I grew up in the north and so was not part of the Democratic Party imposed Jim Crow laws and their fight against Republican attempts to repeal them for decades. The democrats have done a very effective job of convincing the minorities that they are on their side when all they really want is a solid voting block for their side. Who designed the school system that continues to harm generations of minority and poor kids via the achievement gap? Dewey, the supreme Progressive, dumbed-down the old American Common School approach that was best in the world at the time because the Progressives wanted a credulous electorate (at least the majority). Why did Margaret Sanger have a negro project to limit reproduction of the “less desirable parts of society”? Because she was a Progressive eugenicist. Why do the democrats criticize conservative blacks so strongly? Because they have the temerity to think for themselves which doesn’t fit the Progressive agenda. Yes, the blacks have been treated very poorly by the democratic party members in the past as described in the article.

  7. rose enyeart says:

    I remember getting involved in sit ins when I was in college, in the north, in Colorado, and going to the State Legislature to demand fair housing be practiced in my college town. I also remember the racial slurs and the signs that were painted when blacks and whites dated. Now, that was 50 years ago. Was that long? Not really. We need to focus on all people and their rights. We need to be part of a world that includes all people and doesn’t exclude those who are different from us because that difference doesn’t exist, except in our small brains. I can’t believe that politics is the issue. Racism and small thinking are. Ignorance is not bliss, it’s just ignorance.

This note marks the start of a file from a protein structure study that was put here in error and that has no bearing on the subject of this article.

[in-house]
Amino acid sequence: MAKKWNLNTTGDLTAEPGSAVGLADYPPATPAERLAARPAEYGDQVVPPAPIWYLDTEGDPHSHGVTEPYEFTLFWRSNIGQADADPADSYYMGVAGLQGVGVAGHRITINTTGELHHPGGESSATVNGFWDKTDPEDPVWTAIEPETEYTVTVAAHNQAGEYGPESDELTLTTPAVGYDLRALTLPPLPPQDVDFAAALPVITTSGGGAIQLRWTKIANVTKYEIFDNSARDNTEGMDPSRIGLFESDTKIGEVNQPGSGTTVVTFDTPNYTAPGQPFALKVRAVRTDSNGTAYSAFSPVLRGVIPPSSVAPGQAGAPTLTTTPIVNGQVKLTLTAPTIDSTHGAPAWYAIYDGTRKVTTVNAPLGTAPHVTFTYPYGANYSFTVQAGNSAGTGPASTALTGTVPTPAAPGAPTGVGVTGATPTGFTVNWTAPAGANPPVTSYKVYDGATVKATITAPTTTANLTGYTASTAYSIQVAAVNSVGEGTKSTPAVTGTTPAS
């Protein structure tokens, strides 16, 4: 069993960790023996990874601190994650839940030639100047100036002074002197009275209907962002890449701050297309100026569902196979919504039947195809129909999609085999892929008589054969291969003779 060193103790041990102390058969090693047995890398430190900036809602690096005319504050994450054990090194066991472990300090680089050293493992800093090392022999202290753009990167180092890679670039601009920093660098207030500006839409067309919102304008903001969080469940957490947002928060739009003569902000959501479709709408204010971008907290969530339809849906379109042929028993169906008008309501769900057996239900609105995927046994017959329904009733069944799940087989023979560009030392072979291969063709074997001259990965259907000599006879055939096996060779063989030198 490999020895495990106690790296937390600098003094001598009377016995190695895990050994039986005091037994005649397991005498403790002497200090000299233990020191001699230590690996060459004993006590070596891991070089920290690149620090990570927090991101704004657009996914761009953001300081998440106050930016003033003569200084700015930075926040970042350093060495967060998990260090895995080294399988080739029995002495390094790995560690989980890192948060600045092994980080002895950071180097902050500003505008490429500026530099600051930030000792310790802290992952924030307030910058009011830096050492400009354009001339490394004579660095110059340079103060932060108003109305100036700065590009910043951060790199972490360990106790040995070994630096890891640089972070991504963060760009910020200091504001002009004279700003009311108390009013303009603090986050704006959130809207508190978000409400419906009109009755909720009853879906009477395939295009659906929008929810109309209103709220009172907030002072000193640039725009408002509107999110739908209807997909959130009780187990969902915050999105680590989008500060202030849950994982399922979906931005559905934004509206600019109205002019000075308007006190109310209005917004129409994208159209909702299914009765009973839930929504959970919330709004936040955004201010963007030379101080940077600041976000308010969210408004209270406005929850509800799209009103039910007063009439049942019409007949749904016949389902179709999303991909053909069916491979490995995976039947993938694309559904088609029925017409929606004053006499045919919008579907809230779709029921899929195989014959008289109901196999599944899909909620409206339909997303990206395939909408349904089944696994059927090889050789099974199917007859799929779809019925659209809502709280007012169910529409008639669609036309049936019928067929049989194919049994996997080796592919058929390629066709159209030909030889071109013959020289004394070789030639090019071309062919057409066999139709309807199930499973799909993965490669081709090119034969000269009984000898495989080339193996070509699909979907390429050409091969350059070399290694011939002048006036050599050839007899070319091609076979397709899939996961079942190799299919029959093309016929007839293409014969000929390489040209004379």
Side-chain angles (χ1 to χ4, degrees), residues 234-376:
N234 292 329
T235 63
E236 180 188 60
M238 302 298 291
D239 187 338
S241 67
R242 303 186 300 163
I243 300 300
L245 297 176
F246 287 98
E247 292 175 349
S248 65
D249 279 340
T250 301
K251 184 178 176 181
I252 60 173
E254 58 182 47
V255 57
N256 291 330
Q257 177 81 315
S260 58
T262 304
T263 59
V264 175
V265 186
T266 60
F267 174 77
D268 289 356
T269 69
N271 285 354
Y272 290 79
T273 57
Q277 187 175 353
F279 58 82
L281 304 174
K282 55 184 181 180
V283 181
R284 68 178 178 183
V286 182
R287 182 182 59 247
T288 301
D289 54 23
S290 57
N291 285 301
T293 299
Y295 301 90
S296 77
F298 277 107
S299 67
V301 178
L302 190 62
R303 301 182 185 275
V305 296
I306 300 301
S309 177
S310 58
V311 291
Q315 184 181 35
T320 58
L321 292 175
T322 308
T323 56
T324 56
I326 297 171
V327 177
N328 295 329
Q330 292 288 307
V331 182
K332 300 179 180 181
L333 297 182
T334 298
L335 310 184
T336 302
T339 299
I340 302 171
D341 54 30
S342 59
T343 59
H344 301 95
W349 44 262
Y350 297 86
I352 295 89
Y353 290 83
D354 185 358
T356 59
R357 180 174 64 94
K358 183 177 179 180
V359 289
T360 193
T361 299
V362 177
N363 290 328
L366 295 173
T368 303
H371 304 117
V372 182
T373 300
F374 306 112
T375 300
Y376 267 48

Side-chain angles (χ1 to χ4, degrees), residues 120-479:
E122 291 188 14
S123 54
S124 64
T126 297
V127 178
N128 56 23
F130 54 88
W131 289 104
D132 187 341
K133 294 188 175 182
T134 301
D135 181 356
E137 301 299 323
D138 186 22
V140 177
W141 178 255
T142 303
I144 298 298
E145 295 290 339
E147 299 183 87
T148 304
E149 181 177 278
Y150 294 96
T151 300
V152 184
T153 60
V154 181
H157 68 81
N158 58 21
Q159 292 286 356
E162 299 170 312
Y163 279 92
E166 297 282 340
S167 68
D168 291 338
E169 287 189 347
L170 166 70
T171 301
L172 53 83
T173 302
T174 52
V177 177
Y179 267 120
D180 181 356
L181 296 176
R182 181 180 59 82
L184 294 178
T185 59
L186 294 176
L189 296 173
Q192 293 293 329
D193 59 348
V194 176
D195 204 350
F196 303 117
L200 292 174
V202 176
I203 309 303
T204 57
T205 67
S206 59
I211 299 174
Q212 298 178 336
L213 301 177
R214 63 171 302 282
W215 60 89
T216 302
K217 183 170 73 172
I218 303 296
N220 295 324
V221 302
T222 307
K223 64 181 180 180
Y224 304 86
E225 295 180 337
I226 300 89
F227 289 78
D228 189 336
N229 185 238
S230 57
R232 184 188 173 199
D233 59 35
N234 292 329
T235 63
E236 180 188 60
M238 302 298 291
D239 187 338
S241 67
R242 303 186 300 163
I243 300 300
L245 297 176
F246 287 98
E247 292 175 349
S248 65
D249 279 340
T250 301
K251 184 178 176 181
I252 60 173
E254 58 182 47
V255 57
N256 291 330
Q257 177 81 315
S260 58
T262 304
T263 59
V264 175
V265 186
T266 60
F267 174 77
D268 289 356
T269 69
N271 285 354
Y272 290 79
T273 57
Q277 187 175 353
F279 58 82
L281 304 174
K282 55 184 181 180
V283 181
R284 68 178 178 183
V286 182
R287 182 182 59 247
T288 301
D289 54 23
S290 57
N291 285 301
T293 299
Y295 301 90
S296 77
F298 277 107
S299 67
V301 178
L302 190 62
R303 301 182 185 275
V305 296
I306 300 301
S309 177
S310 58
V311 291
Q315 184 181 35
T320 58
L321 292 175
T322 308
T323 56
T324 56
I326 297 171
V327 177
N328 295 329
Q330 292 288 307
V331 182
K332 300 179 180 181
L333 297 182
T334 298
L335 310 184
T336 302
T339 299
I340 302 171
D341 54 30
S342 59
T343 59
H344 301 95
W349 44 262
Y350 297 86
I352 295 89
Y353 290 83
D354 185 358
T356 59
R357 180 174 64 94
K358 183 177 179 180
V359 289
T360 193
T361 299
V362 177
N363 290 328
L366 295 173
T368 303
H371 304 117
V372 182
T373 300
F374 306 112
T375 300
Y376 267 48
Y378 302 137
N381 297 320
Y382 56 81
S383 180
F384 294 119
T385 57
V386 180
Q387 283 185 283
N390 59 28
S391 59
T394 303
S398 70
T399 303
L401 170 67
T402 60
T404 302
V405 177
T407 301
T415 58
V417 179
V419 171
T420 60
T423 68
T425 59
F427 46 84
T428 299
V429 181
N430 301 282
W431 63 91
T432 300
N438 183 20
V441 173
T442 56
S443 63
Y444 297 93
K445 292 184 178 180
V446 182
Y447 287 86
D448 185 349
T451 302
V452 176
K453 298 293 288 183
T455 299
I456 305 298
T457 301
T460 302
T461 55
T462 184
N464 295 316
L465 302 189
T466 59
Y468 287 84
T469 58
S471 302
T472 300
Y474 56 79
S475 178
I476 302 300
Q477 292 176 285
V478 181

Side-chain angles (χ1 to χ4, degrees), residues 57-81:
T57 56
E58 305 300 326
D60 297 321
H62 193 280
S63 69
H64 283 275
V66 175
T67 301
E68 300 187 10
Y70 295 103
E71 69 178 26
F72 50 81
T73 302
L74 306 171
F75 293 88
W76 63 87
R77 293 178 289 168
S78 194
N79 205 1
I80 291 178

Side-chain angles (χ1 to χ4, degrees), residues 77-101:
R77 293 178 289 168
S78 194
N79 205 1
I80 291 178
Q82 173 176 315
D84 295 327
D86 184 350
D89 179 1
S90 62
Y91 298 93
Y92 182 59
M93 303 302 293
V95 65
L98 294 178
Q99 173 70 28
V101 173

8. DIna says:

    How could you not have noticed that your school was all white? Didn’t that somehow imply to you that there was something wrong? I was approximately the same age and often visited relatives in the south who took a stand against this type of discrimination. I do not mean to be mean spirited, but this excuse doesn’t hold up in the US anymore than it did in Germany or South Africa or other places where such horrible discrimination was practiced.

  9. James R Miller says:

    I am a retired educator. I live in Colorado Springs today. I grew up in central Texas near Austin. I started school in an all black elementary school. I loved my school and teachers and received a great elementary education. In high school my school was all white and I was the lone ninth grader in Northwest
    Texas. I was lonely and afraid most of the time, but soon went out for sports and there I thrived. I often think about the friends I had in high school, I wonder if they think about me. I finished my career with three post graduate college degrees. Nothing feels better than to know that you conquered all the biggots and racist the world could throw at you. I credit my teachers mostly black but some white for my success in life. My wife is also thankful for my inclusive personality and I am thankful for hers. We are an interracial married couple with family for over twenty years. James Miller

  10. kathryn says:

    You are absolutely right, Dina. Not an excuse, but an admission of how dreadfully wrong things were and how ignorant I was. Good for your relatives for taking a stand. The white people I lived among, including my family, did not.